The Church Building, History and Contents
A good case can be made for saying that a Church is not a building, but rather the group of people who use that building as a place in which to worship God. That is why these pages on our church building and its history come quite low in the navigation menu of the site, after the more important matters that concern people. Nonetheless, our building, perhaps like most churches, has a story that bears telling; for although St. Augustine’s is not architecturally distinguished, it does have an unusual and interesting history of dual use, some attractive woodwork and stained glass, and a magnificent tapestry.
The Church was built in 1858, and served as a chapel on Sundays and a school on weekdays for the next two decades. Its tower was a later addition, as was the north aisle. More recent additions include a vestry and a planned annexe. Most of the stained glass windows, except the windows in the tower, are explicit memorials to individuals and there are other memorials throughout the church, some to individuals, others group war memorials. Scaynes Hill was made a parish in 1930, and to celebrate its diamond jubilee a large tapestry was created, which is mounted in three sections at the east end of the church. The design of this tapestry is based around the Gospel of St John. There is also a sequence of paintings illustrating events in the story of the life of St Augustine of Canterbury.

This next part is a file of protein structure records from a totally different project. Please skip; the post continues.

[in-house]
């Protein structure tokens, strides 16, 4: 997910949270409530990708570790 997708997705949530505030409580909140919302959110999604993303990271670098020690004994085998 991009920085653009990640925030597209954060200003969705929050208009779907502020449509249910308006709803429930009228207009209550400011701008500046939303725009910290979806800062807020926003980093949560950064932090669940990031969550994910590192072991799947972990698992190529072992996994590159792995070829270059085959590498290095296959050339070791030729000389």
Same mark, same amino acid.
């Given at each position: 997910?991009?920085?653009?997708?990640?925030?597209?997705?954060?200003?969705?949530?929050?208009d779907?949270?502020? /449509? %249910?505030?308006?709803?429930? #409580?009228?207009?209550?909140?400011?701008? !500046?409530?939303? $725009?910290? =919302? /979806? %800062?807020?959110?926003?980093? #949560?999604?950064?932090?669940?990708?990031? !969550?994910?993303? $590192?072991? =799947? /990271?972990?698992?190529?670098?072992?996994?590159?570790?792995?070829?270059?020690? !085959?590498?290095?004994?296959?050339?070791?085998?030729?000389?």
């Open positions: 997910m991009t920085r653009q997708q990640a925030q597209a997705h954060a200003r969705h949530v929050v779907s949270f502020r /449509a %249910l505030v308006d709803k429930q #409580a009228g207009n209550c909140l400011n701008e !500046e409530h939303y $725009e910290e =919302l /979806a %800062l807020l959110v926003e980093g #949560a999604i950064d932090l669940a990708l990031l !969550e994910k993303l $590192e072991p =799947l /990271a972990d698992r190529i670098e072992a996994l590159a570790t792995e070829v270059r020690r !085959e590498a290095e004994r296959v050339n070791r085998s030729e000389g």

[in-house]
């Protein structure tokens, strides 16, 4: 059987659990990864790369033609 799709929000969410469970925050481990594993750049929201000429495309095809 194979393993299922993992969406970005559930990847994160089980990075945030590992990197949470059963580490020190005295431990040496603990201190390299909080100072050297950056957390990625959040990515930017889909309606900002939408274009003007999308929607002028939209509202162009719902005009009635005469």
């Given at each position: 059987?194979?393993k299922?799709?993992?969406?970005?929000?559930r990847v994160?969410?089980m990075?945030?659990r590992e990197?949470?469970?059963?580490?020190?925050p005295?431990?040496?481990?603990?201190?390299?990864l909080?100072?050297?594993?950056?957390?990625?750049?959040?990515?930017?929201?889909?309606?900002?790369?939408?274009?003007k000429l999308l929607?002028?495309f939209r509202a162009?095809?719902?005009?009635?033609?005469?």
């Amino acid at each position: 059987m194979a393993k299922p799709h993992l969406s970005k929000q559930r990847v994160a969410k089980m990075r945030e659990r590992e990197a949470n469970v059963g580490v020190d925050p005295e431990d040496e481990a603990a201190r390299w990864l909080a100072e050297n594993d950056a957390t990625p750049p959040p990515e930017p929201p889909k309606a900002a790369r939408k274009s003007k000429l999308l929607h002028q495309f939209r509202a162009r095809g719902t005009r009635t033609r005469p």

For more information, and for photographs, please use the navigation menu options that should now be available — or better yet, ask about our history talks, and come along to one.